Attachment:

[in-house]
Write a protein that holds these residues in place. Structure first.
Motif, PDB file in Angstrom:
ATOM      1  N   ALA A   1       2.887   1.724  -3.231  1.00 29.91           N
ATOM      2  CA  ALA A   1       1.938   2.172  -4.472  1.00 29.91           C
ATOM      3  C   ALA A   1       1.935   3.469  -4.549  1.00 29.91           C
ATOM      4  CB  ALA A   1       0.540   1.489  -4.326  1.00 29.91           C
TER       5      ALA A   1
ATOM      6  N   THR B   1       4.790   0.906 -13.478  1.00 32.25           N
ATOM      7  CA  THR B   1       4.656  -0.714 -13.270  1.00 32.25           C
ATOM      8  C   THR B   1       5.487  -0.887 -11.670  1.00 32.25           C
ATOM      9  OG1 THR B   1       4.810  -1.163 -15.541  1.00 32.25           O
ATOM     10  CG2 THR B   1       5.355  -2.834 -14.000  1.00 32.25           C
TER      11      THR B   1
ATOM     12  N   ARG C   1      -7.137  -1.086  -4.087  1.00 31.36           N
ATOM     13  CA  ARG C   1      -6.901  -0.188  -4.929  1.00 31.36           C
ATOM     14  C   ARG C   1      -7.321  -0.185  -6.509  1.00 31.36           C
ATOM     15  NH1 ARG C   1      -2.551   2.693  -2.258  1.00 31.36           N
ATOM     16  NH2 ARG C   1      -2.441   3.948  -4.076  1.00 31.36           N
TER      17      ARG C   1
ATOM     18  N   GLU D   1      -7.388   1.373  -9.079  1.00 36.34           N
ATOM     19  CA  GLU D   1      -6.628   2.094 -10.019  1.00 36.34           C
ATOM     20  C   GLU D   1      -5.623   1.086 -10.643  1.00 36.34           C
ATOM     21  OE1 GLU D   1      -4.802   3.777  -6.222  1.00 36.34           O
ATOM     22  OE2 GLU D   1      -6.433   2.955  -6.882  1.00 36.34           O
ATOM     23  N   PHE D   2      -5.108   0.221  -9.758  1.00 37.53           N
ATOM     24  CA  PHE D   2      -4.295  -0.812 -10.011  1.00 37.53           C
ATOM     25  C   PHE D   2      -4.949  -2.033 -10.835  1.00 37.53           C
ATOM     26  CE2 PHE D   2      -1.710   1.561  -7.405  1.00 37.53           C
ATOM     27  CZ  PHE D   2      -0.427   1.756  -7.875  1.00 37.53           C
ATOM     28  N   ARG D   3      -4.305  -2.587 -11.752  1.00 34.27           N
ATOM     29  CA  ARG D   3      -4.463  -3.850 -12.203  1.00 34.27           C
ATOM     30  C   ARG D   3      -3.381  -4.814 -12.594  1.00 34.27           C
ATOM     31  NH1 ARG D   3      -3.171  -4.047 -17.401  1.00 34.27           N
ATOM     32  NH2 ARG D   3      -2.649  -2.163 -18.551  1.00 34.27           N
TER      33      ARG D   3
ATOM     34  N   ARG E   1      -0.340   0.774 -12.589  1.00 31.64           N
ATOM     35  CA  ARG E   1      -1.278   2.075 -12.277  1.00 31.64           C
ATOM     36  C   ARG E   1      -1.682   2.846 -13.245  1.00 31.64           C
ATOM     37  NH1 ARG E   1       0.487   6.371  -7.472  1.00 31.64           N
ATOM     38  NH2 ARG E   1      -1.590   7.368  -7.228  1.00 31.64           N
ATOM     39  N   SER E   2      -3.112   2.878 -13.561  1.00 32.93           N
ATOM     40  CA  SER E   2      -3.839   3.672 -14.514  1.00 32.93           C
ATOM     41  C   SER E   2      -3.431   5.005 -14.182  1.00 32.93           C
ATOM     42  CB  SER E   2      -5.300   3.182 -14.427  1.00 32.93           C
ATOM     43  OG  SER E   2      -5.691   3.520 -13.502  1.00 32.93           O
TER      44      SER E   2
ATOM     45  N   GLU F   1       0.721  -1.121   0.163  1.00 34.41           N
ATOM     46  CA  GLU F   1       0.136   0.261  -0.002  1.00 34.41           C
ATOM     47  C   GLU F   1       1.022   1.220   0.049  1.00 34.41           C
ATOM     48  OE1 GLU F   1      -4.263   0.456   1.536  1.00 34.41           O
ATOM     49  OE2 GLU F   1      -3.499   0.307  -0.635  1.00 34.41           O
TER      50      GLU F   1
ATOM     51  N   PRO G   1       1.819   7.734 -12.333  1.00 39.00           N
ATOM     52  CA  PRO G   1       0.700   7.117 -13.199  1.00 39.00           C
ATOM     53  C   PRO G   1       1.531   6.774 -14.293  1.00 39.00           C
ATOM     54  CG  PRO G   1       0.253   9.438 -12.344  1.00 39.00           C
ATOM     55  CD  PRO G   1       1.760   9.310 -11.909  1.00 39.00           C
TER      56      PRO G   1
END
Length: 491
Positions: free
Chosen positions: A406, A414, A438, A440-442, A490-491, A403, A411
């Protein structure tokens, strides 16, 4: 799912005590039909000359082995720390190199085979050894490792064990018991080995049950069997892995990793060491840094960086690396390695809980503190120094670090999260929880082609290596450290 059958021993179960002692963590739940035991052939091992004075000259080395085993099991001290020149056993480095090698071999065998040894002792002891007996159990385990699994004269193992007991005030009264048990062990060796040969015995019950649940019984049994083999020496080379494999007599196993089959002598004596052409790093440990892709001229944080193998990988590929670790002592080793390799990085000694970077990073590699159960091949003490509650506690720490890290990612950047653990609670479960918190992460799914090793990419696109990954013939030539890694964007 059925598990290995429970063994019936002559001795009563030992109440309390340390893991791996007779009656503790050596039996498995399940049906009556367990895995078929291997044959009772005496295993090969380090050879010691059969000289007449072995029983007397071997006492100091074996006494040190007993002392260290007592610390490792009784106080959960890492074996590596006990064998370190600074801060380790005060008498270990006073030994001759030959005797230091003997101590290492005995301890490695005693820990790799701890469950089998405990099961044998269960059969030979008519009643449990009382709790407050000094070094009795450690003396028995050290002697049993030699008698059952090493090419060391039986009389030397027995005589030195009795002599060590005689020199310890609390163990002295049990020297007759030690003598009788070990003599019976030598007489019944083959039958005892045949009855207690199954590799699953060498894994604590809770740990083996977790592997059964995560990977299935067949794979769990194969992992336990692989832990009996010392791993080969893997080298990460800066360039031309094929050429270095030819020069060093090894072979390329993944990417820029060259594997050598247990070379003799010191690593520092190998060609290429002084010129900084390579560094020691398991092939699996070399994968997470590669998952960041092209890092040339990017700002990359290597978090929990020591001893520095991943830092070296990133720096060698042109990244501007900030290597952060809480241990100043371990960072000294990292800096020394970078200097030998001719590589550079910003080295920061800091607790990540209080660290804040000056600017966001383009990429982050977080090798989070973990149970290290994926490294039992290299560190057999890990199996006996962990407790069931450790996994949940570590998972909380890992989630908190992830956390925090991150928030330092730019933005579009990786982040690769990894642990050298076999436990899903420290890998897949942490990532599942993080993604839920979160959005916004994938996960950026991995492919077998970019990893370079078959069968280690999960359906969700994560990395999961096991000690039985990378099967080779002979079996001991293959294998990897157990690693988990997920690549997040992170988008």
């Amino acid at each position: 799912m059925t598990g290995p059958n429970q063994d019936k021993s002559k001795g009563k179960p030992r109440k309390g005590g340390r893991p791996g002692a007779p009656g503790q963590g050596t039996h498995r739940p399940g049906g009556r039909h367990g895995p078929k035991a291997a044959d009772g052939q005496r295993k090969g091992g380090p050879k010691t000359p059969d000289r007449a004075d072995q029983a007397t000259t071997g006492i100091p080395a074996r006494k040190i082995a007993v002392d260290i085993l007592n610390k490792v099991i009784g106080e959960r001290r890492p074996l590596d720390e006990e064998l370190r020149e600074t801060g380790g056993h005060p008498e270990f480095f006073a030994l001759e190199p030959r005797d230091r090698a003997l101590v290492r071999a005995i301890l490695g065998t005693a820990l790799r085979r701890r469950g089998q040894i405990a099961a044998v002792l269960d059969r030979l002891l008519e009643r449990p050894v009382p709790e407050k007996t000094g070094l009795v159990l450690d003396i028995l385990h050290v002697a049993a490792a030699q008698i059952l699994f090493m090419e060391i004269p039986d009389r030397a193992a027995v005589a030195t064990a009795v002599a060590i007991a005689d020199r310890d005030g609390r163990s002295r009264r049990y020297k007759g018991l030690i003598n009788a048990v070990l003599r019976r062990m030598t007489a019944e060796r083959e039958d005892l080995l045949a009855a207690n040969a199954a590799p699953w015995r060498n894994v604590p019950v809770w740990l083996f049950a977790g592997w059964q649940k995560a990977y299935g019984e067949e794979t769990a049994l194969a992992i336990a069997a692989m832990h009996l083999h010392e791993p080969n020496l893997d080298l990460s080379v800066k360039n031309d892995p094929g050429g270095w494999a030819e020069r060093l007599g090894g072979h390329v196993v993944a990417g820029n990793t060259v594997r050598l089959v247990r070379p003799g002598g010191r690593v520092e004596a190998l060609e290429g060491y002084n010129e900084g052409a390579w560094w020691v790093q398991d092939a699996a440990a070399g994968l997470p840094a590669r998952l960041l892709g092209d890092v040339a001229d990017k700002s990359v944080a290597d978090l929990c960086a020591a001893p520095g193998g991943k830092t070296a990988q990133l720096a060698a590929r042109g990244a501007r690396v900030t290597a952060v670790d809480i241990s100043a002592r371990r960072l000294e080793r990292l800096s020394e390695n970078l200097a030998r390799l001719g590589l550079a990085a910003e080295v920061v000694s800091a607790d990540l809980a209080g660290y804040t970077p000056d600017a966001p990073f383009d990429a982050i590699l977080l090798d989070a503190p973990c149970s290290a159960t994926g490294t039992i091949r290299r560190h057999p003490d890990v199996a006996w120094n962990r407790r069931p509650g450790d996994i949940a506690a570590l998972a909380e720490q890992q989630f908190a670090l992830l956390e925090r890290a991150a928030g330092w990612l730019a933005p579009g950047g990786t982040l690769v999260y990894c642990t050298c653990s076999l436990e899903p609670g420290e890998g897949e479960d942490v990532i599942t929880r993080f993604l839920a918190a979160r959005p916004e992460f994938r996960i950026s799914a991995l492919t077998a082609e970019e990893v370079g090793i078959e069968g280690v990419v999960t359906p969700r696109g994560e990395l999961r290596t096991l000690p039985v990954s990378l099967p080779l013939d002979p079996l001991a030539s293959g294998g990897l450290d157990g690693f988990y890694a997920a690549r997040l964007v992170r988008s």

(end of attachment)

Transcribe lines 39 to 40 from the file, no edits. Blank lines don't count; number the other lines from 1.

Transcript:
ATOM     36  C   ARG E   1      -1.682   2.846 -13.245  1.00 31.64           C
ATOM     37  NH1 ARG E   1       0.487   6.371  -7.472  1.00 31.64           N